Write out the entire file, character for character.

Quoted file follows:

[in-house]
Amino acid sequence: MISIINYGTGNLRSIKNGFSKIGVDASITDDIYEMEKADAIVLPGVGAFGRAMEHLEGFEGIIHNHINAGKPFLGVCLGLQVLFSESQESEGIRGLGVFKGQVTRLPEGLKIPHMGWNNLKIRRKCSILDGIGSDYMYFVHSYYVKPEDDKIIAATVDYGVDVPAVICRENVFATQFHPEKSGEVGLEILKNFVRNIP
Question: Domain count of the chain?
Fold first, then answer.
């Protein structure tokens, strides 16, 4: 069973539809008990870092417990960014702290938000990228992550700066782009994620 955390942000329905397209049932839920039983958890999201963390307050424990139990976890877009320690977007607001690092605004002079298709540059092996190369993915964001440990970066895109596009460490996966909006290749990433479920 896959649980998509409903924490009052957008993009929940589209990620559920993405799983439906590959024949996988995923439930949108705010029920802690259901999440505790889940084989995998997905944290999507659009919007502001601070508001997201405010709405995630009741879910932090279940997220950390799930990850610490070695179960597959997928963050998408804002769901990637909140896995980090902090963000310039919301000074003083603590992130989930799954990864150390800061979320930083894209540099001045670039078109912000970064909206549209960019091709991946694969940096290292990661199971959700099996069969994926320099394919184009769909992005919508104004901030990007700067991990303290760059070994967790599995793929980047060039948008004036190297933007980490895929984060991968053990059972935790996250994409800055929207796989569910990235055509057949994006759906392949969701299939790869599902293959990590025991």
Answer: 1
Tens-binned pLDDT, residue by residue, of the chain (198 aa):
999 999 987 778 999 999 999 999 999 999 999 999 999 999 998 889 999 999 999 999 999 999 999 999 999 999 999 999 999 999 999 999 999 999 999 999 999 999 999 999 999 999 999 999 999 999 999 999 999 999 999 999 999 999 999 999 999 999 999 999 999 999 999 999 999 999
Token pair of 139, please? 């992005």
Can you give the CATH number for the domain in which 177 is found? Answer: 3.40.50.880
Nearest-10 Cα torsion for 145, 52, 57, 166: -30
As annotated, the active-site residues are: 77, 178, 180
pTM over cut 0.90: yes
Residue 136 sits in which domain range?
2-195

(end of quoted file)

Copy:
[in-house]
Amino acid sequence: MISIINYGTGNLRSIKNGFSKIGVDASITDDIYEMEKADAIVLPGVGAFGRAMEHLEGFEGIIHNHINAGKPFLGVCLGLQVLFSESQESEGIRGLGVFKGQVTRLPEGLKIPHMGWNNLKIRRKCSILDGIGSDYMYFVHSYYVKPEDDKIIAATVDYGVDVPAVICRENVFATQFHPEKSGEVGLEILKNFVRNIP
Question: Domain count of the chain?
Fold first, then answer.
């Protein structure tokens, strides 16, 4: 069973539809008990870092417990960014702290938000990228992550700066782009994620 955390942000329905397209049932839920039983958890999201963390307050424990139990976890877009320690977007607001690092605004002079298709540059092996190369993915964001440990970066895109596009460490996966909006290749990433479920 896959649980998509409903924490009052957008993009929940589209990620559920993405799983439906590959024949996988995923439930949108705010029920802690259901999440505790889940084989995998997905944290999507659009919007502001601070508001997201405010709405995630009741879910932090279940997220950390799930990850610490070695179960597959997928963050998408804002769901990637909140896995980090902090963000310039919301000074003083603590992130989930799954990864150390800061979320930083894209540099001045670039078109912000970064909206549209960019091709991946694969940096290292990661199971959700099996069969994926320099394919184009769909992005919508104004901030990007700067991990303290760059070994967790599995793929980047060039948008004036190297933007980490895929984060991968053990059972935790996250994409800055929207796989569910990235055509057949994006759906392949969701299939790869599902293959990590025991």
Answer: 1
Tens-binned pLDDT, residue by residue, of the chain (198 aa):
999 999 987 778 999 999 999 999 999 999 999 999 999 999 998 889 999 999 999 999 999 999 999 999 999 999 999 999 999 999 999 999 999 999 999 999 999 999 999 999 999 999 999 999 999 999 999 999 999 999 999 999 999 999 999 999 999 999 999 999 999 999 999 999 999 999
Token pair of 139, please? 């992005």
Can you give the CATH number for the domain in which 177 is found? Answer: 3.40.50.880
Nearest-10 Cα torsion for 145, 52, 57, 166: -30
As annotated, the active-site residues are: 77, 178, 180
pTM over cut 0.90: yes
Residue 136 sits in which domain range?
2-195